Even though she has been insanely busy this week making our 4th birthday celebration AMAZING (Thank you, Monica!!), CMmentor Monica Wilkinson still made time to blog for us today with a great tutorial on exporting your images from Adobe Lightroom.
exporting from Lightroom
So you finish editing and making changes to your images or “copies “in Lightroom. Now what? To some Lightroom can be confusing since you are never really “saving” your work. Instead, when you add key words or metadata in the library module or change your exposure or white balance in the develop module you are making changes to copies that are stored in your Lightroom catalog. These changes are never made on your original files.
So you are done editing and you want to email your images to a friend or upload them to Facebook. Maybe they are for a client and you need to prepare high-resolution files or upload them to your blog. This is where you will use the export process.
First thing you will need to do is highlight the images you want to export. This may be one image, a few images, or all of them in the file.
Second, you will select the export box (circled below), or you can go to File>Export.
This will open the Export dialog box. Once open you choose where you want your files to be exported. I choose my desktop because it is easy. Next I check the file “Put in Subfolder”. Since this is just for my personal macro shots, I name it macro, skip everything else, and set my resolution to 300 and export. This will export the images in their original size to a file named macro on my desktop.
Under file settings, I always keep my settings to jpeg and sRGB, because I am usually exporting for people who need the images in that format. You may choose psd, tiff, dng or original if needed.
If I am working with client files I do things a little differently. First, I name the subfolder with the client’s last name. With clients I export two files. One sized for my gallery and blog and one sized for my high- resolution files. If I am exporting for my gallery, I check the “rename to” box in the file naming section. Here I have made some custom templates for renaming my files. With my gallery I have chosen to rename the files to Image01.jpg, image02.jpg etc. This just keeps the numbering simple while at the same time; it keeps my clients from seeing the images go from DSC_338 to DSC_352. You do not want them asking you where the missing images are!!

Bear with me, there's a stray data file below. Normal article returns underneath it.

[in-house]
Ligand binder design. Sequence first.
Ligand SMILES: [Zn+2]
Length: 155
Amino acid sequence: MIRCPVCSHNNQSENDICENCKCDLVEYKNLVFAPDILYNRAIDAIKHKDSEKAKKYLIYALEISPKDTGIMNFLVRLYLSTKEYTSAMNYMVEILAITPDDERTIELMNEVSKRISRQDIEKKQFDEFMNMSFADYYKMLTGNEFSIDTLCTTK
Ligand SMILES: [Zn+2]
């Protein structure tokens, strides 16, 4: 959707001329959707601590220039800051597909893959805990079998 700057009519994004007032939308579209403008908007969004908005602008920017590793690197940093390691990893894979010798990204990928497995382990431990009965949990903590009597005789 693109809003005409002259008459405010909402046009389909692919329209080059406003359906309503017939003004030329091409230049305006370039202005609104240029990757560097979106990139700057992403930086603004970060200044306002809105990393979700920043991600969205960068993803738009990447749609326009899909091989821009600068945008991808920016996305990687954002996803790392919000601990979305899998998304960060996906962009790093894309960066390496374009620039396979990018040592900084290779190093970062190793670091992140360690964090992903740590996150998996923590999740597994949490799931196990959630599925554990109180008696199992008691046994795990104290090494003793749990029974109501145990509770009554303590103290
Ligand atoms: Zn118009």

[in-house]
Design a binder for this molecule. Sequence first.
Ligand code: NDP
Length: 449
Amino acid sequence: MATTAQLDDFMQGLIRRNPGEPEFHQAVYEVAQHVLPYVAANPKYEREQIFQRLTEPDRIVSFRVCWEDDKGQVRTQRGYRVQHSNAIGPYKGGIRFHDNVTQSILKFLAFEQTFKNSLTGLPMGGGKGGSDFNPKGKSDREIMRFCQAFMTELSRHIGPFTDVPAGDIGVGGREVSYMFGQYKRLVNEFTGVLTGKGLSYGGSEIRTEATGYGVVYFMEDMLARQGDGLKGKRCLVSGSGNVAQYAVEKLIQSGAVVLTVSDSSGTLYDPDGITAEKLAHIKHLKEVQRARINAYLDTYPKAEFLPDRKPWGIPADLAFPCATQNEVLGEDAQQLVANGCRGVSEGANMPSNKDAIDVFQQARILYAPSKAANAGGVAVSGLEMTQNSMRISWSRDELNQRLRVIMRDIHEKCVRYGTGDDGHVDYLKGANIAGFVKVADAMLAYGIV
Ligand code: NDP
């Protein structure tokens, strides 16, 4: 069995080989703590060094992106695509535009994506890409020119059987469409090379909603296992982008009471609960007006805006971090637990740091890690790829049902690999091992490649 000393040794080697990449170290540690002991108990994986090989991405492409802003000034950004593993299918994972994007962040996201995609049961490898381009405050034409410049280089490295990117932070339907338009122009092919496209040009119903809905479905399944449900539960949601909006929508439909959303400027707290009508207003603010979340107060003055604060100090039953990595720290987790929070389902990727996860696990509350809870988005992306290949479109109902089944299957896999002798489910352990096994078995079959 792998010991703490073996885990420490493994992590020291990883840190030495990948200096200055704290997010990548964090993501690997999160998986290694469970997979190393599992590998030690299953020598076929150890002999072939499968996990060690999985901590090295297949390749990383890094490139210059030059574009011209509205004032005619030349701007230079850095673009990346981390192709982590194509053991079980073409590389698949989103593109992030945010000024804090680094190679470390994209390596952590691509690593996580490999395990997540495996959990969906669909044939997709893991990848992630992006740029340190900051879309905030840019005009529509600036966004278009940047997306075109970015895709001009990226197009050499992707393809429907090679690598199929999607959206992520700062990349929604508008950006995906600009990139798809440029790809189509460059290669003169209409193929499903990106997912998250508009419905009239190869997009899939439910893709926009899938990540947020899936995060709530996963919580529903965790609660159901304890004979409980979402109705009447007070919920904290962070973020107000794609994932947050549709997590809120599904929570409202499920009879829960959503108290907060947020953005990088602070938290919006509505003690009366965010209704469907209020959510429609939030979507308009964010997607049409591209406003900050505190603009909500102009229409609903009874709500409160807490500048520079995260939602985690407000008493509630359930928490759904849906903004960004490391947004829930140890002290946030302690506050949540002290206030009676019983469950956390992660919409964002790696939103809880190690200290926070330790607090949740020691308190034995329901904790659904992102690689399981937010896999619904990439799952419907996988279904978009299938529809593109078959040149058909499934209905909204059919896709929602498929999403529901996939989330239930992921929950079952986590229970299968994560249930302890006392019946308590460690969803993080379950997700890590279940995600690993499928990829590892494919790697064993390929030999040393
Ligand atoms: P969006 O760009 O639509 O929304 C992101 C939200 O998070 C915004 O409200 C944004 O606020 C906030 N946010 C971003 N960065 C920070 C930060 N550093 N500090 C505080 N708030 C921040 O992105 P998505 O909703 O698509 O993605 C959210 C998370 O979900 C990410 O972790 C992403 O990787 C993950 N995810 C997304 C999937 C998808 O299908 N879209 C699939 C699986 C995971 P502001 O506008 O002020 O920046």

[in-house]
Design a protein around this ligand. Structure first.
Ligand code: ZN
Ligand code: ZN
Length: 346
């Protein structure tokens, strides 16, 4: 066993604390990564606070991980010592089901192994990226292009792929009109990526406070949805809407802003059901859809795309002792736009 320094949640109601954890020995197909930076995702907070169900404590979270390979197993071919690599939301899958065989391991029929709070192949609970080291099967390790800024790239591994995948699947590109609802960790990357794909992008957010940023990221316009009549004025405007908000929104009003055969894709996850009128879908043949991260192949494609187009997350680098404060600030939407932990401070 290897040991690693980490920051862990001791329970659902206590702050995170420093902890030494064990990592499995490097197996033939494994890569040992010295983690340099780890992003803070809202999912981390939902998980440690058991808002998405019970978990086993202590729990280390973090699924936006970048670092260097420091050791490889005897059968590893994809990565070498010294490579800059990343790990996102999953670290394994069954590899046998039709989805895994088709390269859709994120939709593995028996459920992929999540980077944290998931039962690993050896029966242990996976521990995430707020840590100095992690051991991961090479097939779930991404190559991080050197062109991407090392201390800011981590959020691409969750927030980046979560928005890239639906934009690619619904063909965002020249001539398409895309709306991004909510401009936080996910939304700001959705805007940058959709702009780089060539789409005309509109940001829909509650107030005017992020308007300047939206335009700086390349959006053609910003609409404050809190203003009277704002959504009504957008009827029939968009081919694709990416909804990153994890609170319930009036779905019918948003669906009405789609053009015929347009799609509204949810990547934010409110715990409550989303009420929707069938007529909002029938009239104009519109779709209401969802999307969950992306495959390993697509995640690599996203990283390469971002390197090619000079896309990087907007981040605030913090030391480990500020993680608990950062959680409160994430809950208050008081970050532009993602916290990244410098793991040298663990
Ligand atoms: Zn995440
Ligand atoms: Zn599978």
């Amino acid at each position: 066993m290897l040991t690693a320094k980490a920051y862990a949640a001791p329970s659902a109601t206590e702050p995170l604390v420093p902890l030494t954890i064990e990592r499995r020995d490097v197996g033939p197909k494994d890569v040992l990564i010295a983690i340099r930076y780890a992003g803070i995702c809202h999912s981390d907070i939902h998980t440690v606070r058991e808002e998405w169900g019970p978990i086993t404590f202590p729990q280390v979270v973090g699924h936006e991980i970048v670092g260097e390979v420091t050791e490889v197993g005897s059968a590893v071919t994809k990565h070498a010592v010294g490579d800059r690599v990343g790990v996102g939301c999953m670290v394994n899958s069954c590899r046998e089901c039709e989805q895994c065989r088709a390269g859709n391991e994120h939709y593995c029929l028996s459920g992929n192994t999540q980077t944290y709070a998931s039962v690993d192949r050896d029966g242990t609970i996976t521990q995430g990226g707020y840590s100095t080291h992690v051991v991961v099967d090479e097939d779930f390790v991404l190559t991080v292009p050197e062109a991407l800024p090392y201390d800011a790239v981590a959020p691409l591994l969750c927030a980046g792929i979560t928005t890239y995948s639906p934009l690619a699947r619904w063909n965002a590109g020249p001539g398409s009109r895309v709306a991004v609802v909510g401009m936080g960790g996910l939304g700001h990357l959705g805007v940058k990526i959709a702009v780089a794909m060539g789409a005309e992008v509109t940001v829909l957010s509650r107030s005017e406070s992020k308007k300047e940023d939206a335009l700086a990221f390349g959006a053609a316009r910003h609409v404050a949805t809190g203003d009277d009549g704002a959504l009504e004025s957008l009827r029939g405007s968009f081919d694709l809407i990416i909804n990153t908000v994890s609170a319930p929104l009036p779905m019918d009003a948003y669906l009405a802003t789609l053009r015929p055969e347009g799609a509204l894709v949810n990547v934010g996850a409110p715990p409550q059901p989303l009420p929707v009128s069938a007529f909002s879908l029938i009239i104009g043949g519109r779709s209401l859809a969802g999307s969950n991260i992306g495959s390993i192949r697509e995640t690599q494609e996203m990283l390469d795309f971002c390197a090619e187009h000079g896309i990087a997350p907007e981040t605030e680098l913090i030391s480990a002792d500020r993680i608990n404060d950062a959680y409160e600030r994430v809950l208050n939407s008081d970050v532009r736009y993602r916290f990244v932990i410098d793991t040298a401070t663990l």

If you choose the drop down menu you can pick your other saved templates or you can hit “Edit…” to make a new one.
Selecting edit will pull up the Filename Template Editor where you can choose how you would like your files named. You can add any text you want. Some people choose Image01, Image02, etc. Some people use their clients name with a number ex. smith01, smith02, etc. Some people add their business name within the file name for SEO purposes. It is up to you.
After choosing my file name, I check the resize to fit. With the drop down menu you can choose width & height, dimensions, long edge, short edge, or megapixels. I choose long edge, and set my pixels to 900 and resolution to 72 because this is for web and my gallery and blog both need images sized at 900px. I sharpen for screen at standard. I do not need my images watermarked for my gallery. My website automatically watermarks them. However, you can check “watermark” if you want to use this feature. Finally, I hit export. This will export the files I have highlighted in my filmstrip into a file on my desktop.
If I am exporting my files as high resolution for print, I change a few things. I rename to High res instead of gallery, I leave the resize to fit box UNCHECKED so my file will stay at the original size and I change the resolution to 300 instead of 72. I do not export sharpen for print. Some people do and if you choose you can select sharpen for matte or glossy paper. I then hit EXPORT and this will make me another file named High res with my files ready to burn to a disc or upload to ROES.
That is it. One thing to remember is that the export dialog box keeps the same values that you had inputted from your previous export. So you want to be sure to look over everything before printing. You do not want to be surprised and realize you have exported your files at 72ppi instead of 300ppi for print. You will be very upset if you find you have forgotten to change that setting from a previous export.
Thanks so much, Monica! Do you have your own tips on exporting from Lightroom? Share with us in the comments!
Monica Wilkinson, Washington
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Armed with a Nikon D700, several Nikkor primes and the Tamron 28-75, Monica focuses on children and newborn portraiture in the Seattle, Washington area, despite her disdain for the rain. And although Monica is a Mac girl, she is madly in love with her Microsoft employed husband, their two young daughters and the family’s Maltipoo, Scout. She enjoys kickboxing, knitting and DIY crafts but would much rather spend her day off “laying on a hot, sunny beach reading a magazine while sipping a fruity beverage.” When Monica stops by Starbucks, her OCD nature tends to surface and her resulting order is a Venti Passion Fruit Shaken Iced Tea Lemonade with 2 pumps classic syrup.